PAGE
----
719 F.2d 279 (8th Cir. 1983), 83-1058, Stanley v. Magrath
|Citation:||719 F.2d 279|
|Party Name:||Catherine M. STANLEY, Jeffrey A. Goldberg, Michael Douglas, and Christopher Ison, each individually and as Editors of The Minnesota Daily, The Minnesota Daily, and The Board of Student Publications, Appellants, v. C. Peter MAGRATH, individually and as President of the University of Minnesota, and Charles H. Casey, William B. Dosland, Erwin L. Goldf|
|Case Date:||October 11, 1983|
|Court:||United States Courts of Appeals, Court of Appeals for the Eighth Circuit|
Submitted June 14, 1983.
Tanick & Heins, Marshall H. Tanick, Samuel D. Heins, Minneapolis, Minn., for appellants.
Amy Silberberg, Legal Counsel, Minnesota Civil Liberties Union, Minneapolis, Minn., amicus curiae brief of The Minnesota Civil Liberties Union and The Associated Collegiate Press; Owen Gleason, Eden Prairie, Minn., of counsel; Steven Daily and Chris Kobin, MCLU Volunteer Law Students.
Leonard J. Keyes, Terence N. Doyle, Bruce W. Mooty, St. Paul, Minn., for appellees; Stephen S. Dunham, R. Joel Tierney, Minneapolis, Minn., of counsel.
Before LAY, Chief Judge, SWYGERT, [*] Senior Circuit Judge, and ARNOLD, Circuit Judge.
ARNOLD, Circuit Judge.
At the end of the 1978-79 school year, the Minnesota Daily, the student newspaper of the Twin Cities campuses of the University of Minnesota, published an especially controversial issue. The Board of Regents, the governing body of the University, later changed the method of funding the newspaper. In the past, a compulsory fee had been exacted from every student to support the Daily. The Board voted to allow students to obtain a refund of this fee. Its stated reason was solicitude for students who objected to buying a newspaper they did not want. Our study of the record, however, leaves us with the definite and firm conviction that this change in funding would not have occurred absent the public hue and cry that the Daily's offensive contents provoked. Reducing the revenues available to the newspaper is therefore forbidden by the First Amendment, as made applicable to the states by the Fourteenth, and the Daily is entitled to an injunction restoring the former system of funding. 1
In June 1979 the "Finals Week" edition or "Humor Issue" of the Minnesota Daily, styled in the format of sensationalist newspapers, contained articles, advertisements, and cartoons satirizing Christ, the Roman Catholic Church, evangelical religion, public figures, numerous social, political, and ethnic groups, social customs, popular trends, and liberal ideas. In addressing these subjects, the paper frequently used scatological language and explicit and implicit references to sexual acts. There was, for example, a blasphemous "interview" with Jesus on the Cross that would offend anyone of good taste, whether with or without religion. No contention is made, however, that the newspaper met the legal definition of obscenity.
This issue generated vehement criticism. Members of the Board of Regents and University administrators received numerous letters deploring the content of the "Humor Issue" from church leaders, members of churches, interested citizens, students, and legislators, who in many cases were responding to the complaints of constituents. On June 8, 1979, the Regents unanimously passed a resolution stating that they were "compelled to deplore the content of the June 4-9, 1979 issue of the Minnesota Daily." University President C. Peter Magrath sent this resolution to the acting president of the Board of Student Publications, stating that "the Regents will want some accounting as to what corrective action is contemplated in response to their resolution."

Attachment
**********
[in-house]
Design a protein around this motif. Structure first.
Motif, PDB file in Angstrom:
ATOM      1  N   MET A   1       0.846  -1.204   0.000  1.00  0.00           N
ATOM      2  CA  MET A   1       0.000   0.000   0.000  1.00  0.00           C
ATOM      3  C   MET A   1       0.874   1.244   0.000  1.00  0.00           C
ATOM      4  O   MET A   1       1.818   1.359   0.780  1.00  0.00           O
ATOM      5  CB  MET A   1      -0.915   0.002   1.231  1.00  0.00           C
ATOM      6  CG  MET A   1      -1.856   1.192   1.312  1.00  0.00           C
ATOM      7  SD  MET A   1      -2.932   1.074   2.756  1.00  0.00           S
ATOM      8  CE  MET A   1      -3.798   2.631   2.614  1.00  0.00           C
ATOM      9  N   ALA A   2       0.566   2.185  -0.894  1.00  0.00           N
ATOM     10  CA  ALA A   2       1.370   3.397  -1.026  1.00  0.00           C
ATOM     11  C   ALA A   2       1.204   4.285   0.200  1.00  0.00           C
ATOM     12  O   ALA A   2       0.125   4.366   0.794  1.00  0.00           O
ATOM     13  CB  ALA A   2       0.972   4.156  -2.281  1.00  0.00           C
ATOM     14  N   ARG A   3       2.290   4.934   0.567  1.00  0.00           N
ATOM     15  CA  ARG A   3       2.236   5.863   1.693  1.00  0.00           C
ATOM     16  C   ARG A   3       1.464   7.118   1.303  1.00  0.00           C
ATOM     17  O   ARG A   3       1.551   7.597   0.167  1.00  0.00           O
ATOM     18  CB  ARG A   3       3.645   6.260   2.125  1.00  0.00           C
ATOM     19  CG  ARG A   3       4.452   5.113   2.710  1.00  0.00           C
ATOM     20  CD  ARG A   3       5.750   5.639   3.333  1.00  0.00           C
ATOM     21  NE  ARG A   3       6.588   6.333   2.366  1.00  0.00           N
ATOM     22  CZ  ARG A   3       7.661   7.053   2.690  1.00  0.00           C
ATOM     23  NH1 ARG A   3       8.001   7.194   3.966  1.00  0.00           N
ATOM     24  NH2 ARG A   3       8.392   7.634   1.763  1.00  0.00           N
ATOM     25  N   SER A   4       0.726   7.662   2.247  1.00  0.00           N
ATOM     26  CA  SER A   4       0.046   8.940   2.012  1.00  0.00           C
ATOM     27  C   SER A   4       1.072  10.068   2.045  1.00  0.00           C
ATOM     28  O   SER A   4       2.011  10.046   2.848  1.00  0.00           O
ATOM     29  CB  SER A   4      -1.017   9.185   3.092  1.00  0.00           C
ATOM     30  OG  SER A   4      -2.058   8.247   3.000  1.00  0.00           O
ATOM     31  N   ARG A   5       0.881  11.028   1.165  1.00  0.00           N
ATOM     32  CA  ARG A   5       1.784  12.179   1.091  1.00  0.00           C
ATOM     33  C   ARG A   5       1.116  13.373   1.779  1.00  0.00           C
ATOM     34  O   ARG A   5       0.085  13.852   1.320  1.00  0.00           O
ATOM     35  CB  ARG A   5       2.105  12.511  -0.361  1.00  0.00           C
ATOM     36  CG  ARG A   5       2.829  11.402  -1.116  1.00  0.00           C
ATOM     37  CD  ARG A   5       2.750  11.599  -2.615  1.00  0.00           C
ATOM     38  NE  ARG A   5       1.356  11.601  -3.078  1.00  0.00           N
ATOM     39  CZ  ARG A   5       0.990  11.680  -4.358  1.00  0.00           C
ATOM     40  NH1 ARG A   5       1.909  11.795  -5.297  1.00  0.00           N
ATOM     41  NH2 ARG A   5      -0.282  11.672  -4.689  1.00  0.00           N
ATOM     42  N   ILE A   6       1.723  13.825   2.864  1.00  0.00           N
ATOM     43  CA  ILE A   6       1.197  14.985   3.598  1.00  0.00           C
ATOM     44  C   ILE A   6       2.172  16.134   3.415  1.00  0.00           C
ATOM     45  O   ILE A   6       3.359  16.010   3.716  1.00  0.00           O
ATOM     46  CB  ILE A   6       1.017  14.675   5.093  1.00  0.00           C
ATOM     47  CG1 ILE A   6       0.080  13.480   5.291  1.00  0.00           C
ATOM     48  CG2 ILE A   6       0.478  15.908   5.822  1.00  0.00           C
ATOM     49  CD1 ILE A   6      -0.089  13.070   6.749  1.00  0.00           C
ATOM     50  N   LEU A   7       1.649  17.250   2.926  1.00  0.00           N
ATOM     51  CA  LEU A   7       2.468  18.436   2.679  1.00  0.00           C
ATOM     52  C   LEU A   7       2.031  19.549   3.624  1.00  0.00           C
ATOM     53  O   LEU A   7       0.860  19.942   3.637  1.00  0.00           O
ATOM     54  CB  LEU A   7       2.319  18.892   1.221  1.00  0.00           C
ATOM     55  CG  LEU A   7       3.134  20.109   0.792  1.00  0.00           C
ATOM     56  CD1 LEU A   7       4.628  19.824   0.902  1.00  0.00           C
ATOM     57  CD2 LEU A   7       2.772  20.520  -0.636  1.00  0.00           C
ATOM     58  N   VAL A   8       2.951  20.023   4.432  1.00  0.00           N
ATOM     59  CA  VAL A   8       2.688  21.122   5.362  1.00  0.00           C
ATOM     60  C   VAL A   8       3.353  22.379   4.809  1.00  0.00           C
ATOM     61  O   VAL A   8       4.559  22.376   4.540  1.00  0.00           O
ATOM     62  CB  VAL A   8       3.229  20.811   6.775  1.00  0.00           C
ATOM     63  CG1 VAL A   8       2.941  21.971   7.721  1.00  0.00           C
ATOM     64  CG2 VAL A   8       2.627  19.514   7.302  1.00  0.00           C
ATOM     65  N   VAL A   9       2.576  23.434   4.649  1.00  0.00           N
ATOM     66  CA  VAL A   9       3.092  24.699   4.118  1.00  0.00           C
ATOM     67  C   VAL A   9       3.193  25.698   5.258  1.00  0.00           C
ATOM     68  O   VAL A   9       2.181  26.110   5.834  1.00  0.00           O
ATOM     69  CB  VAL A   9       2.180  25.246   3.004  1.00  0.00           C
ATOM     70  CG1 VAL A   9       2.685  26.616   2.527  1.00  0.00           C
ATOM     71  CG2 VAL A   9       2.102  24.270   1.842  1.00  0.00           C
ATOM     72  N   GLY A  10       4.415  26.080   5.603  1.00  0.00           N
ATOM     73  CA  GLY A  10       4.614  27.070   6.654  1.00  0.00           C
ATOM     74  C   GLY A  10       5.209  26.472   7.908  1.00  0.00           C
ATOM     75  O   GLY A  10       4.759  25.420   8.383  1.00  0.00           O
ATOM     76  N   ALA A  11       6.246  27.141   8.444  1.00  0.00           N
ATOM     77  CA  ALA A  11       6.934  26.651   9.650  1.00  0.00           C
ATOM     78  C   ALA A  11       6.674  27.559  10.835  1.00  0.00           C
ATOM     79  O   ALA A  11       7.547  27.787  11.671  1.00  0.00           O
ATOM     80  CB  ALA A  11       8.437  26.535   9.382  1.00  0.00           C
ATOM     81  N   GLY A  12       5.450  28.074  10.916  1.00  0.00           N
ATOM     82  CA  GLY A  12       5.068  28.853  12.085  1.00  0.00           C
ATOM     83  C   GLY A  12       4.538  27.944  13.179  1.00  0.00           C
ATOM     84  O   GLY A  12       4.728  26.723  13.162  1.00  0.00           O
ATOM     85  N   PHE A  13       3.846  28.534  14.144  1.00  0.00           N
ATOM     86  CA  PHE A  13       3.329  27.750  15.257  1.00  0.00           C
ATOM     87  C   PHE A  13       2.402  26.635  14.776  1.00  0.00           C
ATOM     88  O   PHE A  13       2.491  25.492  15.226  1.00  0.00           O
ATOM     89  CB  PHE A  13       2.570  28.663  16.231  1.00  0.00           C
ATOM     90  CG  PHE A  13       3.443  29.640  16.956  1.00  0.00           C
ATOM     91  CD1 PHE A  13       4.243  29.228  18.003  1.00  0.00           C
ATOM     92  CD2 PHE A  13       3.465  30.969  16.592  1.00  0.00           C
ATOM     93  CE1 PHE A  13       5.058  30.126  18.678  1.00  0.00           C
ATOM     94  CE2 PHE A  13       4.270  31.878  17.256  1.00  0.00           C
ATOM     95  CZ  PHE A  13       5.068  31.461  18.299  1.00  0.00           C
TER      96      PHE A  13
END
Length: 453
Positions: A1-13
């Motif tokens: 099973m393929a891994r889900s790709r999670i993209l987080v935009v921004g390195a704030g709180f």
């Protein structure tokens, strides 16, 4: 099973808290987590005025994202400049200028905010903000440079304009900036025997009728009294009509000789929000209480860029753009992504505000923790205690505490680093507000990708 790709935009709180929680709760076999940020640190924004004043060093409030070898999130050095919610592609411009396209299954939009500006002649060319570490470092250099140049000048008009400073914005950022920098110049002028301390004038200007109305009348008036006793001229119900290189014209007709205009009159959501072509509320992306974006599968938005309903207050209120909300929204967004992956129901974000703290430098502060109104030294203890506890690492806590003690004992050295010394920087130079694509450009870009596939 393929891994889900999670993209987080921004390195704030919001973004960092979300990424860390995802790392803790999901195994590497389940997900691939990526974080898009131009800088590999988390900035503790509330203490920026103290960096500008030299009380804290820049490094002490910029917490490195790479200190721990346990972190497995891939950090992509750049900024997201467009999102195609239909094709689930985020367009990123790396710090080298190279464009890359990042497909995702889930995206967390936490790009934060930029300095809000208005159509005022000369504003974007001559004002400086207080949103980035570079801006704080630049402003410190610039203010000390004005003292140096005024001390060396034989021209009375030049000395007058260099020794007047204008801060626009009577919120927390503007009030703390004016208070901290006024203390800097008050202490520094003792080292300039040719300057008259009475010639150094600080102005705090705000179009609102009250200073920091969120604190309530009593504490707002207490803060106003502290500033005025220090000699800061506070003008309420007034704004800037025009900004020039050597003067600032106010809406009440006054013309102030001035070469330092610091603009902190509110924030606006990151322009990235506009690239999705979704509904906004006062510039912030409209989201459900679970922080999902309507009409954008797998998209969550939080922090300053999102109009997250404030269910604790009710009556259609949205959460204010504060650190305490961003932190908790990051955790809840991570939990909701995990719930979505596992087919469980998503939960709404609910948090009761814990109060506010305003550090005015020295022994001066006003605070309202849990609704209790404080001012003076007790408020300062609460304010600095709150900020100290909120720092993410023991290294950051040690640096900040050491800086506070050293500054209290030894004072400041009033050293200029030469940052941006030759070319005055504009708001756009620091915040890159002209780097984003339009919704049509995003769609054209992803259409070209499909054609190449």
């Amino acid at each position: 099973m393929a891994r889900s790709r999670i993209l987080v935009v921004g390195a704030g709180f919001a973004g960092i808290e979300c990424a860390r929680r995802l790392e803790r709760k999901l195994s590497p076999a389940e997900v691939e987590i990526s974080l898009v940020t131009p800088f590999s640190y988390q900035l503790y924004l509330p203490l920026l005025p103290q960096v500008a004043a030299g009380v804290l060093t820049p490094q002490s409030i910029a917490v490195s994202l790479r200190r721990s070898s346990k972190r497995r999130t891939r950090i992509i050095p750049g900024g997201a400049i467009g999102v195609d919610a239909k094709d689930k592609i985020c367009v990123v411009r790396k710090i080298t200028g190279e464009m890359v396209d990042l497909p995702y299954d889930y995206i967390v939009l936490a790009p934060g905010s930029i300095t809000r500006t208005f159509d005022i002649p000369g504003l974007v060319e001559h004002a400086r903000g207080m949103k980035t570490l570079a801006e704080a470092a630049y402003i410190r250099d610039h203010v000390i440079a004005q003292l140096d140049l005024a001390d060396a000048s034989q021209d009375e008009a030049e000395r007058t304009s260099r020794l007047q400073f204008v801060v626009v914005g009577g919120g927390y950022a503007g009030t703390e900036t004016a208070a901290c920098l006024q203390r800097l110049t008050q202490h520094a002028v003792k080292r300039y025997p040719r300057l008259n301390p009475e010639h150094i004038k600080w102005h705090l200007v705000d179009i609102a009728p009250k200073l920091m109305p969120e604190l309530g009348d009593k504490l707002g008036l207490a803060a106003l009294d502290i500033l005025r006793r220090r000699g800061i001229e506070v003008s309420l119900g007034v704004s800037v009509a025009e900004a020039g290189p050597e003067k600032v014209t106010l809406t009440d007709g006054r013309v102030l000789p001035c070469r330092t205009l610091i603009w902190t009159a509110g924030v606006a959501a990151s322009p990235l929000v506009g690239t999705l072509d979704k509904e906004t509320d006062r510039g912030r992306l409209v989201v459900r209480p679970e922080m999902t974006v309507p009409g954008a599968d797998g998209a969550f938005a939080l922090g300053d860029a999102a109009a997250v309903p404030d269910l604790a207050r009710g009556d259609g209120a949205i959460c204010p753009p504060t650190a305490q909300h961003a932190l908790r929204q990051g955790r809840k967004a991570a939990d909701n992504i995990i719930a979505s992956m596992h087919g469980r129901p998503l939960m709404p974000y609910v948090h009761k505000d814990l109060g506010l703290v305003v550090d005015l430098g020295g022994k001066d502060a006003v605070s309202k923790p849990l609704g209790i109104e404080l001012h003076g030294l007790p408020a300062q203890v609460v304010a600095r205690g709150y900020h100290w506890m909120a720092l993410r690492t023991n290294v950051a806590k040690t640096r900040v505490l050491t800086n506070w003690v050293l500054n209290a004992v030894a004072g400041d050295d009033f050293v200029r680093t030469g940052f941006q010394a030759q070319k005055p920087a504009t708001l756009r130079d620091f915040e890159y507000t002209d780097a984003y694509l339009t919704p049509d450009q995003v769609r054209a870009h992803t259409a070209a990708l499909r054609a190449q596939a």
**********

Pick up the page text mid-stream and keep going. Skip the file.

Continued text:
In another resolution passed unanimously on July 13, 1979, the Regents stated that the issue in question was "flagrantly offensive" and established an ad hoc committee "to review with the President the concerns expressed and the recommendations of the President regarding the Minnesota Daily." Among other things, the Regents directed the special committee to consider the "appropriate mechanism for circulation and financial support for the Minnesota Daily."
At a meeting of the Regents in August 1979, the ad hoc committee made its report. The committee recommended that the Regents not take any action at that time to change the funding of the paper. In support of its recommendation, committee members stated that the fees issue should be left to the normal funding procedure, under which student committees and the administration would make recommendations on which the Board would vote in May 1980. 2 They also offered the opinion of the University attorney that changing the fees immediately following the "Humor Issue" could be viewed as punitive action in violation of the First Amendment. The committee's resolution was passed, although several Regents expressed their unhappiness with waiting until May of the next year to take action on changing the funding.
Meanwhile, both houses of the Minnesota Legislature held committee hearings regarding the "Humor Issue." The Senate Committee on Education met on June 25, 1979, and the House Education Committee, Higher Education Division met on November 14, 1979. In December, the House committee chairman wrote the chairman of the Board of Regents stating that the vast majority of the Division recommended that the "Regents allow students a means to withdraw their individual financial support from the Daily."
In March of 1980, the Student Services Fees Committee, composed of elected students, faculty members, and administrators, recommended by a 6-5 vote that a refund system not be instituted and in addition that the Board of Publications Fees be increased by 11.6%. In April, the President sent the...
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